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Endurance Gold Reports First Diamond Drill Assays from Eagle Zone Including 10.94 GPT Gold over 5.4 Metres and 7.49 GPT Gold over 9.0 Metres – Junior Mining Network

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TSX.V: EDG
www.endurancegold.com

Mr. Robert Boyd reports:
Vancouver, British Columbia–(Newsfile Corp. – November 29, 2021) – Endurance Gold Corporation (TSXV: EDG) (the “Company) is pleased to report the first assay results from the 2021 diamond drilling program at the Reliance Gold Property (the “Property“) in southern British Columbia. The Property is located 4 kilometres (“km“) east of the village of Gold Bridge with year-round road access, and 10 km north of the historic Bralorne-Pioneer Gold Mining Camp which has produced over 4 million ounces of gold.
As announced on November 3, 2021, the Company completed 4,329 metres (“m“) of diamond drilling in twenty-two (22) drill holes at the Eagle and Imperial Zones. Assay results have been received from the first four (4) diamond drill holes completed at the Eagle Zone and assays are pending for the remaining eighteen (18) holes. Locations of the reported diamond drill holes are shown on Figure 1.
Diamond drill holes DDH21-003 and DDH20-004 were drilled at the same location as two earlier reverse circulation (“RC“) drill holes completed in late 2020 with results reported on February 2, 2021. These diamond drill holes were drilled for the purposes of quality assurance and quality control (“QAQC”) of the RC drill technique which recovers 100% of the bedrock in the form of comminuted bedrock and rock chips, and to obtain a better geologic examination of the oxidized portion of the newly discovered Eagle Zone mineralization. DDH21-003 was a diamond drill hole which twinned an earlier RC drill hole RC20-014 that had an intersection of 6.1 gpt gold over 12.19 m from the collar. DDH21-004 which twinned RC drill hole RC20-015 which had an intersection of 7.40 gpt gold over 16.8 m including a higher grade interval of 9.70 gpt gold over 12.2 m, with both RC intervals commencing at the RC drill collar.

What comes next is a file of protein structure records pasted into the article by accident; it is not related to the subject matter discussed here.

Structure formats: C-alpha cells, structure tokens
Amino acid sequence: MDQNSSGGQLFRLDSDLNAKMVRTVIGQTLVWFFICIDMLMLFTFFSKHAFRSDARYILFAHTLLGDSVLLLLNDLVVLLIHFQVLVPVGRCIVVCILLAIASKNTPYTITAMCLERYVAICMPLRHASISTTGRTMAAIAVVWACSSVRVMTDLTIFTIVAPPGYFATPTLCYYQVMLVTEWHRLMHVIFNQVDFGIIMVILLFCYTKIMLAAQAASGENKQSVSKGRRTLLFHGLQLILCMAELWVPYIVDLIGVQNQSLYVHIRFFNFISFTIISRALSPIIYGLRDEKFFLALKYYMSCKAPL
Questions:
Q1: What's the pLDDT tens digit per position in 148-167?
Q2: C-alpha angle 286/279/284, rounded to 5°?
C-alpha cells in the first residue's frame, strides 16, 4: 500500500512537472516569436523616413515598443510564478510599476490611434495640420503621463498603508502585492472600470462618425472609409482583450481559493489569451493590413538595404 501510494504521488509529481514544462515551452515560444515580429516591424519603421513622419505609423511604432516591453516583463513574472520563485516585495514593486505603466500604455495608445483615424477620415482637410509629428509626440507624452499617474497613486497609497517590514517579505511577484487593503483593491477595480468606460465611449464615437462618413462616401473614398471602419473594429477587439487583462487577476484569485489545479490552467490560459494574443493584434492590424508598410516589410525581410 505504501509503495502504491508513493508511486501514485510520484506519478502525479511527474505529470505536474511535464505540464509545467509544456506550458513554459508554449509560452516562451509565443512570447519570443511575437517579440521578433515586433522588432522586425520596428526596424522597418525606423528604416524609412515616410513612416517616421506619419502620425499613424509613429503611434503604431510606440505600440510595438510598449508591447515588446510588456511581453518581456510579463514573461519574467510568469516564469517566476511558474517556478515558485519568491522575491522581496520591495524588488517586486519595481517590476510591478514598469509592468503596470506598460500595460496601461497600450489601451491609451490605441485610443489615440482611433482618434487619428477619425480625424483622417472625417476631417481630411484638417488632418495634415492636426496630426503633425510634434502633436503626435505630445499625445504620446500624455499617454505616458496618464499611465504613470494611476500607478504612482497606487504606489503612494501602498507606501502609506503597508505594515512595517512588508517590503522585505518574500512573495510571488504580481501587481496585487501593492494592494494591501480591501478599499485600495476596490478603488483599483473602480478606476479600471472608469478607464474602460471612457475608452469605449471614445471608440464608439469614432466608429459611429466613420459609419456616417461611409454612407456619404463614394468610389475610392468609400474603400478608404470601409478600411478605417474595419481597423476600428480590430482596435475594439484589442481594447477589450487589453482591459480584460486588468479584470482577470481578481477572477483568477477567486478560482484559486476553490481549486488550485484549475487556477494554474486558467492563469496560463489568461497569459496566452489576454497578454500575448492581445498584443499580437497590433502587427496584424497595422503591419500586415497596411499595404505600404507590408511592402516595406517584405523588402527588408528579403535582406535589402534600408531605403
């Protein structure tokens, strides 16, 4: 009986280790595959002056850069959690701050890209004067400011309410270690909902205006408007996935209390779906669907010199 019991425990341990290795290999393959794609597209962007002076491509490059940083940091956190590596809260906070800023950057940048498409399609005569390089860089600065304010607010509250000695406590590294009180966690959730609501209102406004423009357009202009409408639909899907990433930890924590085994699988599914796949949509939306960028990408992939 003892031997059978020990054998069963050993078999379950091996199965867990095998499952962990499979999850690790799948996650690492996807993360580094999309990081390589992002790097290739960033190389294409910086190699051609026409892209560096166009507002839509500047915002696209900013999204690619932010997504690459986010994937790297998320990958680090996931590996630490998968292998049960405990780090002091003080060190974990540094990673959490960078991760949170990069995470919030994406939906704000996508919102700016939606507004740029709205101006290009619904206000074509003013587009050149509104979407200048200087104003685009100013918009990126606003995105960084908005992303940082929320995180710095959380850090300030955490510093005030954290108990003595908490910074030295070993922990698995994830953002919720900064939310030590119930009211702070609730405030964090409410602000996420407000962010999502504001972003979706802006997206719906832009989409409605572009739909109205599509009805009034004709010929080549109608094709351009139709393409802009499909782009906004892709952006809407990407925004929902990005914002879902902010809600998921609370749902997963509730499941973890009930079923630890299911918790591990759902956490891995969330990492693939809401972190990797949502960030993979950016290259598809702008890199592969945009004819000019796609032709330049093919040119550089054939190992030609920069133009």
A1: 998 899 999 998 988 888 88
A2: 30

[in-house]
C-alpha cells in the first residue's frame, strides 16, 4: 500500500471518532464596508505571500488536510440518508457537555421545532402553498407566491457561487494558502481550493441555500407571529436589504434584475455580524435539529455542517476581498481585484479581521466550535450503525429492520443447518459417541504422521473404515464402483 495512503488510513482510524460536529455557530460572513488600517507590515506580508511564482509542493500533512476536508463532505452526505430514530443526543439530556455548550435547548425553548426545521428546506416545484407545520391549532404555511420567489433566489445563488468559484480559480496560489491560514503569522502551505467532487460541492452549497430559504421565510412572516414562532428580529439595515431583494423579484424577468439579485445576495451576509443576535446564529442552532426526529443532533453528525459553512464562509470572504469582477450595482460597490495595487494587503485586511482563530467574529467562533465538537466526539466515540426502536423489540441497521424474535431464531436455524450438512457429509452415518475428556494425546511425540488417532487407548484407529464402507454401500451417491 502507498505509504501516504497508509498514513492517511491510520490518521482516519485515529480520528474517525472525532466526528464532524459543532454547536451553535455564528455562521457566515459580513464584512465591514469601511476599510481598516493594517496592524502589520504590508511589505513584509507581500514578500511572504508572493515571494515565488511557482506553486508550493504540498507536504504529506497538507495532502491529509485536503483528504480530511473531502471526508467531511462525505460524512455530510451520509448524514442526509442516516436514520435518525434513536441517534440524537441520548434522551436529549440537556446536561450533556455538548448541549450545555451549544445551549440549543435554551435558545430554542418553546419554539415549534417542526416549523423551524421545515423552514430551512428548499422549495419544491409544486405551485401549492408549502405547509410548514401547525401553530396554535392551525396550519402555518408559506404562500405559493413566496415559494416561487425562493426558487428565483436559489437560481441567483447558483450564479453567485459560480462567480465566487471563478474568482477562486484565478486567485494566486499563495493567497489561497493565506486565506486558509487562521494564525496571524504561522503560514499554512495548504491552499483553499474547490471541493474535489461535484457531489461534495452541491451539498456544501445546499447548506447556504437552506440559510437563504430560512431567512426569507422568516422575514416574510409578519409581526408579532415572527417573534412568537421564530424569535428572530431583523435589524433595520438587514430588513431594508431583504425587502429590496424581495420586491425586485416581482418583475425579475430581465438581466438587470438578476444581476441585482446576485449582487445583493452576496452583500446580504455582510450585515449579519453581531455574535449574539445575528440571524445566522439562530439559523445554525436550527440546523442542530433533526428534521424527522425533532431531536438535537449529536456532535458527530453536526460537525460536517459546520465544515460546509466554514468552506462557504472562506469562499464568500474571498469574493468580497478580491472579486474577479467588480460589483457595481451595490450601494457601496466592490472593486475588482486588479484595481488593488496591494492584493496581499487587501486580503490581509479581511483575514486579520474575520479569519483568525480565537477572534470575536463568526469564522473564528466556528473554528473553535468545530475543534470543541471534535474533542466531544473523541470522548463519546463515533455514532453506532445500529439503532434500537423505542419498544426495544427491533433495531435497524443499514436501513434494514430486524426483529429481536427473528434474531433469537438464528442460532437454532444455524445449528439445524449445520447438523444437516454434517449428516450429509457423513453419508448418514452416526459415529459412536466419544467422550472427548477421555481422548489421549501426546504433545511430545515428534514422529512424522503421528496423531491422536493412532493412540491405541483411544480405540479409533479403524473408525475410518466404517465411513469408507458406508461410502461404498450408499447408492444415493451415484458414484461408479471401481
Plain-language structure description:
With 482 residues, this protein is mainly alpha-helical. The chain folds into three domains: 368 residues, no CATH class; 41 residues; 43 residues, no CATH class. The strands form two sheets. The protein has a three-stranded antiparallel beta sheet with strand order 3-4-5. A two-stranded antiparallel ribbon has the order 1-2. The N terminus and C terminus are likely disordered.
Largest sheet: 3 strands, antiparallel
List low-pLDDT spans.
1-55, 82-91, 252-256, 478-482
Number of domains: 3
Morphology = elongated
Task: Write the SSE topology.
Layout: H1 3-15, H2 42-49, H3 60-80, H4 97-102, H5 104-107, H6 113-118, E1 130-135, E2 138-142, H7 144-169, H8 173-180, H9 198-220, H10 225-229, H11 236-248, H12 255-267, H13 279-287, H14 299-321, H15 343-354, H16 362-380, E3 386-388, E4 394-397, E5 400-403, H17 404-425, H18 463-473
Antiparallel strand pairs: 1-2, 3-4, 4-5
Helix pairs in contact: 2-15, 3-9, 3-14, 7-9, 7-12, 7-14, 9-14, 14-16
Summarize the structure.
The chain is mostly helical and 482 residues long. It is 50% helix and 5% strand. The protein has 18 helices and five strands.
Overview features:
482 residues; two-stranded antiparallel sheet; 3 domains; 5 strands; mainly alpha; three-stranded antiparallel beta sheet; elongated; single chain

The two other diamond drill holes DDH21-001 and DDH20-002, on which assays have been received, were drilled at an azimuth of 080 degrees and dip angle of -45 degrees as shown on Figure 1 to provide data for a more rigorous structural and geological control in areas where RC drilling results were difficult to interpret. Due to a steep fault offset interpreted from this drilling, both of these holes have undercut the shallow southwest dipping Eagle Zone which is now interpreted to be offset vertically on the southwest side of this interpreted steep fault as shown on Figure 1. On the southwest side of the interpreted fault the geology is structurally complex package of iron carbonate and sericite altered polymictic mélange, chert, as well as brecciated and sulphidized silicification. These holes continued through the offsetting fault to a total depth of 213 m and 188 m respectively to provide Eagle Zone footwall geology, structural and alteration data.
DDH21-001 returned a weak gold intersection of 2.02 gpt gold over 1.0 m which coincides with a similar intersection of 2.38 gpt gold over 1.52 m in RC21-033 as reported on June 17, 2021. DDH21-001 and RC21-033 were drilled from the same setup, with similar azimuth and dip of -45 degrees.
To date, assay results have been received for 212 of the 1,310 drill core samples that have been submitted for assay analysis. The remaining gold assay results are expected to be received through December and the first quarter of 2022 and will be reported when received.
Endurance Gold Corporation is a company focused on the acquisition, exploration and development of highly prospective North American mineral properties with the potential to develop world-class deposits.
ENDURANCE GOLD CORPORATION
Robert T. Boyd
FOR FURTHER INFORMATION, PLEASE CONTACT
Endurance Gold Corporation
(604) 682-2707, This email address is being protected from spambots. You need JavaScript enabled to view it.
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www.endurancegold.com
Diamond drill core was logged and evaluated on the Property and samples designated for collection under the supervision of a geologist at the property. Drilling was completed using a skid mounted Hydracore 2000 equipped with NQ size tools capable of collecting 4.76 cm diameter core. Diamond drill core was cut using a diamond drill saw with one half of the core sent for analysis and the remaining kept for future studies. Sample intervals were typically 2 metre core length and intervals were shortened for lithology or alteration changes. For drilled and sampled intervals of poor average core recovery, the complete core was sampled and sent to the laboratory for assay analysis. All diamond drill core samples have been submitted to ALS Global in North Vancouver, BC, an ISO/IEC 17025:2017 accredited laboratory, where they are crushed to 70% <2 mm then up to 250 gram pulverized to <75 microns. Samples are then submitted for four-acid digestion and analyzed for 48 element ICP-MS (ME-MS61) and gold 30g FA ICP-AES finish (AU-ICP21). Over limit samples returning greater than 10 ppm gold are re-analyzed by Au-GRA21 methodology and over limit antimony returning greater than 10,000 ppm Sb are re-analyzed by Sb-AA08 methodology. Endurance Gold monitors QA/QC by inserting blanks, certified standards and pulp duplicates into the sample stream.